Thunderbird 3: fixing the fonts

The font-settings in ThunderBird are terrible: the default settings are ugly, and the GUI is too broken to let you change them. Fortunately, if you hand-edit the config files, you *can* change the fonts, as much as you like.

Sadly, the options etc are undocumented, and easy to get wrong. Incidentally, not only does TB have *no* help or documentation (why not?), if you go to the online “knowledge base” and search for something fairly obvious like “fonts”, you get nothing – not even the usual 3-years-out-of-date result that’s normal for this app:

Picture 131

For future reference, here’s how I made my fonts go from “ugly” to “delightful”.

Changing fonts in Thunderbird 3 – theory

For reference, in case TB fixes their fonts in future, here’s what you’re supposed to do, but doesn’t quite work yet:

  1. Go to settings
  2. Go to Display tab
  3. Click on the Advanced button in the Fonts section
  4. Configure font options, per-language

In reality, here’s what happens

  1. “Western” languages (Europe, USA, etc) in TB often do not use the “Western” font settings
  2. …rather, they use the “unicode” font settings
  3. …which aren’t available in the TB GUI
  4. …and they don’t always use them as expected

Changing fonts in Thunderbird 3 – practice

There are a couple of things that DO work, and which you need to set anyway, so:

  1. go to Setttings -> Display tab -> font-settings -> “advanced” button
  2. Choose Serif or Sans-Serif (bizarrely, this is a GLOBAL setting, even though the GUI claims it is a LOCAL setting) – this will affect all other font choices
  3. *try* setting the font-sizes, I think it sets global defaults (but … looking through the config file, those “defaults” appear to be over-ridden in most places … by default)

NB: TB is … confused … when it comes to font choice. The obvious way to make a desktop app is to ask the user “which font do you want to use in place X?” (where X = “email body”, “compose window”, “menu items”, “dialogs”, etc). Windows has been doing this for more than 15 years. TB instead arbitrarily declares different parts of the app as “Proportional” or “Monospaced” or some combination of the two. Even if you tell it not to use monospaced in certain places, it mostly ignores you. It doesn’t tell you which is which, and it’s not documented, you have to work it out by trial and error.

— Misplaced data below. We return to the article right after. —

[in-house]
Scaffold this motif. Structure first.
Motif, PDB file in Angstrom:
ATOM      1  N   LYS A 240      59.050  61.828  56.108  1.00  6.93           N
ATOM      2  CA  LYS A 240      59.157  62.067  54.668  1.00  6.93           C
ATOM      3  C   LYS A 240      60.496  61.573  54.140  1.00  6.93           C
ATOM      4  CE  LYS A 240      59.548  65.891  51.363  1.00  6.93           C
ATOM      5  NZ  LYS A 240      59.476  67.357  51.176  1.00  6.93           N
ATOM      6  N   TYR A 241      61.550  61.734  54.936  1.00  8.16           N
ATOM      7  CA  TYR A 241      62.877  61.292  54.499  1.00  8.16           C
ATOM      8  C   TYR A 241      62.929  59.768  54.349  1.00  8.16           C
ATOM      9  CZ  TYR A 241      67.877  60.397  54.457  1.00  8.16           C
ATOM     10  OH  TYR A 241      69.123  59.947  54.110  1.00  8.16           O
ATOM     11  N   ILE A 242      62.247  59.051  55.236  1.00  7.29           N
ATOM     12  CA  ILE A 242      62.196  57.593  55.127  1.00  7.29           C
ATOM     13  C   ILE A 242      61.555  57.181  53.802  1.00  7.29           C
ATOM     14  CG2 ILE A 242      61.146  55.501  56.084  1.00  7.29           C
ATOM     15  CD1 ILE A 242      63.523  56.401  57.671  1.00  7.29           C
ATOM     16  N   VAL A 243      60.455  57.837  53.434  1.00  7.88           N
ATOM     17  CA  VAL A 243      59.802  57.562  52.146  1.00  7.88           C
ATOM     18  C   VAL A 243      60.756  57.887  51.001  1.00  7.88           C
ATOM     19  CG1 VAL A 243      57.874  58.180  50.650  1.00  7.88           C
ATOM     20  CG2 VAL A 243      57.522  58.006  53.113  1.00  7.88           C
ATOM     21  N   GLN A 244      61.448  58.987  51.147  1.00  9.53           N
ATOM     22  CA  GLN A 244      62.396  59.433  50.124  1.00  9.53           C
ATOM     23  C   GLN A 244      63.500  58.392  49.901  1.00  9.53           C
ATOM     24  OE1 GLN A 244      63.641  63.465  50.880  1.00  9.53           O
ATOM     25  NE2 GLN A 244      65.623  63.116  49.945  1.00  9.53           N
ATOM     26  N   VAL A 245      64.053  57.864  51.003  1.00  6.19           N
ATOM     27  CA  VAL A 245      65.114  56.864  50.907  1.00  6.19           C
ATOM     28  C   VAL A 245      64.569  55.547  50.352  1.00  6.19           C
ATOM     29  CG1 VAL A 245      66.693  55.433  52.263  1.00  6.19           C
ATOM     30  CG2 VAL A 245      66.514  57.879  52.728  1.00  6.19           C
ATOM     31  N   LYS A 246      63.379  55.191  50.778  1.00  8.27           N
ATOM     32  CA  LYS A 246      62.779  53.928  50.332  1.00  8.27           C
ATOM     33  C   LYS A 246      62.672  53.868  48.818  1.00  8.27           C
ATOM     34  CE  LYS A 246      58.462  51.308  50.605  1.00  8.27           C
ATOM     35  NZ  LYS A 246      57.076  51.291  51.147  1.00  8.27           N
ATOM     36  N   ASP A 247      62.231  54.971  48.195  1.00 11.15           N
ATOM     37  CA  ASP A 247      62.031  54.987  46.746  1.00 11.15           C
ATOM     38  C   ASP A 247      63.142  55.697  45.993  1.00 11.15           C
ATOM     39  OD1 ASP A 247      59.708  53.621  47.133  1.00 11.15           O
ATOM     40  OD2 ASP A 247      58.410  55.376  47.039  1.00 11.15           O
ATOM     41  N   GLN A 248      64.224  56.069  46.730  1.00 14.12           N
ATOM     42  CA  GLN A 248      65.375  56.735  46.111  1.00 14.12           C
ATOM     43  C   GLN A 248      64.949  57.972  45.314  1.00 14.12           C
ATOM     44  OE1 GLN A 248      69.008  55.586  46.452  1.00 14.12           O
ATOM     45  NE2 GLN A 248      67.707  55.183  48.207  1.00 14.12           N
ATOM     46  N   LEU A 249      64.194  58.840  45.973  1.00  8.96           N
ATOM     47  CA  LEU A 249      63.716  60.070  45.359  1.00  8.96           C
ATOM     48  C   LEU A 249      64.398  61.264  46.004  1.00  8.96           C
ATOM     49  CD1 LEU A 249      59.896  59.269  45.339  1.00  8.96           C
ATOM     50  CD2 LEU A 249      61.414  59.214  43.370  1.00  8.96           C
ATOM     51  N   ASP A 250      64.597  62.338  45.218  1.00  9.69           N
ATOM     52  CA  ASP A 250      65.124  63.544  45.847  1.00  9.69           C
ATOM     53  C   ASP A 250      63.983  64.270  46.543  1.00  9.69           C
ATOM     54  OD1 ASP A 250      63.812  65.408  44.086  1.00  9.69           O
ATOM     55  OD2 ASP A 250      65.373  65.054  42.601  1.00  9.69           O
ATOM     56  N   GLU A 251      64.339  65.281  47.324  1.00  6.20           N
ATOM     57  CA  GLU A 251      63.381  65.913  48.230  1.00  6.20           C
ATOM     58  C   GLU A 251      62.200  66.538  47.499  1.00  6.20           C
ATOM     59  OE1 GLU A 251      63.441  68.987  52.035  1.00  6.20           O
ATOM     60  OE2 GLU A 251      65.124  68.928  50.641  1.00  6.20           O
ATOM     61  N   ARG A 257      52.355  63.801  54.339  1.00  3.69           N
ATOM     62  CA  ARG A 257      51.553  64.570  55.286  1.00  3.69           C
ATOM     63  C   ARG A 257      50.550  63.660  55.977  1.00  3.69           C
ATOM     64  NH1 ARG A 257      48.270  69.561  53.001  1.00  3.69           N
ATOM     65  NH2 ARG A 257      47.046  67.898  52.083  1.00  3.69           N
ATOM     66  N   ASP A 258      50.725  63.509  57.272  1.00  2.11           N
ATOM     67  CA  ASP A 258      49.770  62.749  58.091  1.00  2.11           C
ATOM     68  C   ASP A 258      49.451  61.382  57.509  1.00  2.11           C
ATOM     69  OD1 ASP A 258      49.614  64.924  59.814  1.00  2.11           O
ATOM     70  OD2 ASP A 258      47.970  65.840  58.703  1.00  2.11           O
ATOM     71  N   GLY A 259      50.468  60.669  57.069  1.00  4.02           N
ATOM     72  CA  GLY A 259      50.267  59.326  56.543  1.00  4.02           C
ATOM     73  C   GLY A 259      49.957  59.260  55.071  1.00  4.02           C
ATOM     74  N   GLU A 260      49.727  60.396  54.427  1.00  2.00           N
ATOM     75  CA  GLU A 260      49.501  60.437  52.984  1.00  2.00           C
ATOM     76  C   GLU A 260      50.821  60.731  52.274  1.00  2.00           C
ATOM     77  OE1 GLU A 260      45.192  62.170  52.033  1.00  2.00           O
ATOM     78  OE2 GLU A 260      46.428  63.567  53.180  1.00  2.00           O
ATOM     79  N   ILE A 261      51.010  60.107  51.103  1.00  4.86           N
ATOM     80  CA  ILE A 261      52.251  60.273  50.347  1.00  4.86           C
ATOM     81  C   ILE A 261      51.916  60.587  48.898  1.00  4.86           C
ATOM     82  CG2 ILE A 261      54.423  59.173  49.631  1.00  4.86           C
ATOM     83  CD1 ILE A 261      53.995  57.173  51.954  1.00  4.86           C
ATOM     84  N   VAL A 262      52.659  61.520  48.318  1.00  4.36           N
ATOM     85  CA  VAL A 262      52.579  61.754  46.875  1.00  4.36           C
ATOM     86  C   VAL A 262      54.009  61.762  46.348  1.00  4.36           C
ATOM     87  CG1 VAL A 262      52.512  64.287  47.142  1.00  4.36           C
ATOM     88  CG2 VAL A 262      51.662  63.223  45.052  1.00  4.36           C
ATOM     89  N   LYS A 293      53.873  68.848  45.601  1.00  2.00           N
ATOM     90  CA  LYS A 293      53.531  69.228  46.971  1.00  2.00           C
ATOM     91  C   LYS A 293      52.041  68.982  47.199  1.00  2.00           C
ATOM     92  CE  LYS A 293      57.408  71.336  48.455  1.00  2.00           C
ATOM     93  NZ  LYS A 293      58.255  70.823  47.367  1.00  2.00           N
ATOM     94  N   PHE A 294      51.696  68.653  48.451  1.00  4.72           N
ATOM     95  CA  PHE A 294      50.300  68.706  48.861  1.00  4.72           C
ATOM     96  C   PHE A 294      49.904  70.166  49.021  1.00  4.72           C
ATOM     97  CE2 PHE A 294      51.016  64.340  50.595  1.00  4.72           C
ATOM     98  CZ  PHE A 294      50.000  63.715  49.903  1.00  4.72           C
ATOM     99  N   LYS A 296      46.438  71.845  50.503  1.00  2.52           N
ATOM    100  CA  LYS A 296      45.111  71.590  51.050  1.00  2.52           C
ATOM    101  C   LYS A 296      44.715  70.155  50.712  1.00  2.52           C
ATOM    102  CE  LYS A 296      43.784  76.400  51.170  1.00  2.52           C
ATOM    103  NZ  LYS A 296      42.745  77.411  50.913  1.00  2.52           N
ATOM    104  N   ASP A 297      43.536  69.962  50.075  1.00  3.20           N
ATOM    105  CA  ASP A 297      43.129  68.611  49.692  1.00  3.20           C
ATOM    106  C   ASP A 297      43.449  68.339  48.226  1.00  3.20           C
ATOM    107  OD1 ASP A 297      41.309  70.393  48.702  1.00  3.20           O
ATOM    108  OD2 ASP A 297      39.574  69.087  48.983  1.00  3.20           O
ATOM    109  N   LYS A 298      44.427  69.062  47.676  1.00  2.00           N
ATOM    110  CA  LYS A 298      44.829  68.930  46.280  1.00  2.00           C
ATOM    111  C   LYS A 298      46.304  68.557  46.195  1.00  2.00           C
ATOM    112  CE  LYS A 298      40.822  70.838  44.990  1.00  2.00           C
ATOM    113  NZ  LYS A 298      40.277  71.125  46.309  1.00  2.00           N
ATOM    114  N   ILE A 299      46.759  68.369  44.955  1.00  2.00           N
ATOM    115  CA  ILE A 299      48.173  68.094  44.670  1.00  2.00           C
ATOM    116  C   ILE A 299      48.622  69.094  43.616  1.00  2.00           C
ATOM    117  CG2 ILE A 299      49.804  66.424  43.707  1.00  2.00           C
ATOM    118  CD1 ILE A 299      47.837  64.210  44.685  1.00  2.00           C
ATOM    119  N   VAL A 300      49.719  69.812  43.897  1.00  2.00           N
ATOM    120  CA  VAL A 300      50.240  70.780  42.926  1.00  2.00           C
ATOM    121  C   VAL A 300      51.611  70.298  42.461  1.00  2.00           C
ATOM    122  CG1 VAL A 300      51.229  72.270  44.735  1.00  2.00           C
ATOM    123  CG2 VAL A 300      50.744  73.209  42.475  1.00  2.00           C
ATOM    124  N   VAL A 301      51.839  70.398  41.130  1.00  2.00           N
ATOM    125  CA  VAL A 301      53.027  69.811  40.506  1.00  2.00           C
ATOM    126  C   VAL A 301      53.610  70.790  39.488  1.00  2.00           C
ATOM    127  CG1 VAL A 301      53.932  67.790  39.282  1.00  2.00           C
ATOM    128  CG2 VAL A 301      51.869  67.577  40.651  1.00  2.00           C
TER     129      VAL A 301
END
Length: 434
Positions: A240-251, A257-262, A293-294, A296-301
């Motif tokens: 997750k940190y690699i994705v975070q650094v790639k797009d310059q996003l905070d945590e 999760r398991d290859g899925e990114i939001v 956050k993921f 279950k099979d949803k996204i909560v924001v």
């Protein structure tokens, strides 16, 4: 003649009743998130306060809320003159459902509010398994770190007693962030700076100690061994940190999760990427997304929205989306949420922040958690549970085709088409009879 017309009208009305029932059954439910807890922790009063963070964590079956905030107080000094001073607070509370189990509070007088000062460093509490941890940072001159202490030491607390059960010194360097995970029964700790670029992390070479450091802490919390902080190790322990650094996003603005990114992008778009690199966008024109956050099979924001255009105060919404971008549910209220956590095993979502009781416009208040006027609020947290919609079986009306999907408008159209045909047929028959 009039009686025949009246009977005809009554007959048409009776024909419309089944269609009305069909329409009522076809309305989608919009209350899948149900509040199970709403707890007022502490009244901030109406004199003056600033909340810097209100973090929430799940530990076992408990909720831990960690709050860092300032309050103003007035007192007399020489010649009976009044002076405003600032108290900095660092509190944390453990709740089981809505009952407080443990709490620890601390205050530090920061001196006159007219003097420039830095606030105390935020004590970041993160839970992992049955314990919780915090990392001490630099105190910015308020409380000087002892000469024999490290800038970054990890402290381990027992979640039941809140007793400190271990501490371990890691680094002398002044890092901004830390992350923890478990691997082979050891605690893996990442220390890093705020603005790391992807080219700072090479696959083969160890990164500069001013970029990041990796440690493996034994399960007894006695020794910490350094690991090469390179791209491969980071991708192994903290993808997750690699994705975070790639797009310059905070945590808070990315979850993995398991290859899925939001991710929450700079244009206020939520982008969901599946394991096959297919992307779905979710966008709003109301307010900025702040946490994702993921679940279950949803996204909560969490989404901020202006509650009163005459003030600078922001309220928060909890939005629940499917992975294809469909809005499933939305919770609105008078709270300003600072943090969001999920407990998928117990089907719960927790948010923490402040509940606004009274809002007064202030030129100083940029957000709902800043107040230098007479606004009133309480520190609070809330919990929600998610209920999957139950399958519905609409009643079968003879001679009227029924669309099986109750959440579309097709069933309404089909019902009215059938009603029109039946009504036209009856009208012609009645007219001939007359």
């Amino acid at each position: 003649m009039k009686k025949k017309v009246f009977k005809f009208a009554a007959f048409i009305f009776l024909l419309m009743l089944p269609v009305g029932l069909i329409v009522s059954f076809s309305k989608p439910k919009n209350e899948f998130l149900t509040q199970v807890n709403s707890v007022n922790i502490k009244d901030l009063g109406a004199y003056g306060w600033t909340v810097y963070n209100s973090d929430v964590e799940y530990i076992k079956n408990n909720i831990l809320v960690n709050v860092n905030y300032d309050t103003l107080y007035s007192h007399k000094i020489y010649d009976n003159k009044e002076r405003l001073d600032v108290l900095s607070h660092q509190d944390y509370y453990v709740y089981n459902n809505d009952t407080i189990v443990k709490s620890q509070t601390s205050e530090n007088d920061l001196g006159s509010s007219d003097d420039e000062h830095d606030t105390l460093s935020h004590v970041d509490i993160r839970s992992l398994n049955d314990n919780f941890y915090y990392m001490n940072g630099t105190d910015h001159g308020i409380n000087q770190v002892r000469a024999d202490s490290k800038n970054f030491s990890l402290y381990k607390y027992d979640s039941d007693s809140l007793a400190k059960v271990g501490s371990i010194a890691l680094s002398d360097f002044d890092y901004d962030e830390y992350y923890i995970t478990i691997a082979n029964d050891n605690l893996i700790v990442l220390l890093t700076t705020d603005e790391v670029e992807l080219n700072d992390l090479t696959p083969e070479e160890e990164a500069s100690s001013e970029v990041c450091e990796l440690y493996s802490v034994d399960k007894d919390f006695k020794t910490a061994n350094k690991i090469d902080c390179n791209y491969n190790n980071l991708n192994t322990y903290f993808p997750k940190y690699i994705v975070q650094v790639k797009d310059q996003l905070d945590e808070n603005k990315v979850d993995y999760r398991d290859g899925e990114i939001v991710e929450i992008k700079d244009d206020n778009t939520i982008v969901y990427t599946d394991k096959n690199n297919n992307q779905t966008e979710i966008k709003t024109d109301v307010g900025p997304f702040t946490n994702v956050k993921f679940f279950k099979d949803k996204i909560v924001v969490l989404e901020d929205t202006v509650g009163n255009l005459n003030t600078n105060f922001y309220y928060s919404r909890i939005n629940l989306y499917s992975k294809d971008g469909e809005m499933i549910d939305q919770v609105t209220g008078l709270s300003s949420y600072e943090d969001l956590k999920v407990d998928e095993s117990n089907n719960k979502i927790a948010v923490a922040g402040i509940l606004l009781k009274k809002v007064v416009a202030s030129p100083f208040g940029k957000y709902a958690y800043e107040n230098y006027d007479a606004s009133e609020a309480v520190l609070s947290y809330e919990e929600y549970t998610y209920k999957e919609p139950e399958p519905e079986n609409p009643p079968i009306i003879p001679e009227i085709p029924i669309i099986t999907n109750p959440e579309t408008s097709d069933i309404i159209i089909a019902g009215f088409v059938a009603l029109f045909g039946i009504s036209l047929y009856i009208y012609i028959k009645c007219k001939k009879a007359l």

Edit the master config file:

  1. go to Setttings -> Advanced tab -> General -> “Config Editor” button
    • NB: another bug in the GUI – that button appears to be some local setting; it’s not, its the most important part of all the “Advanced tab” settings; I’ve no idea why they hide it like this
  2. use a filter of either “.serif” (sic) or “sans-serif” depending on which fonts you want your TB to use
    • (I think you’re nuts if you use anything but sans for email, but it’s a personal choice)
  3. The two you need to set for “email bodies” are:
    • font.name.sans-serif.x-unicode
    • font.name.sans-serif.x-western
  4. The two you need to set for “GUI dialogs” are:
    • font.name-list.sans-serif.x-unicode
    • font.name-list.sans-serif.x-western
  5. The *one* you need to set (but could also set in the main GUI) is:
    • font.default.x-western

(I’m still using TB 3; I need a desktop client at the moment, and I find myself still using it. TB 3.0.4 seems to run well on OS X. It’s fast enough and with little enough RAM that it’s easy to leave running and forget about it; earlier versions of TB on OS X would kill your Mac, and had to be force-quit frequently. With this version, I keep forgetting I’ve got it running, until it sends out a Growl…)

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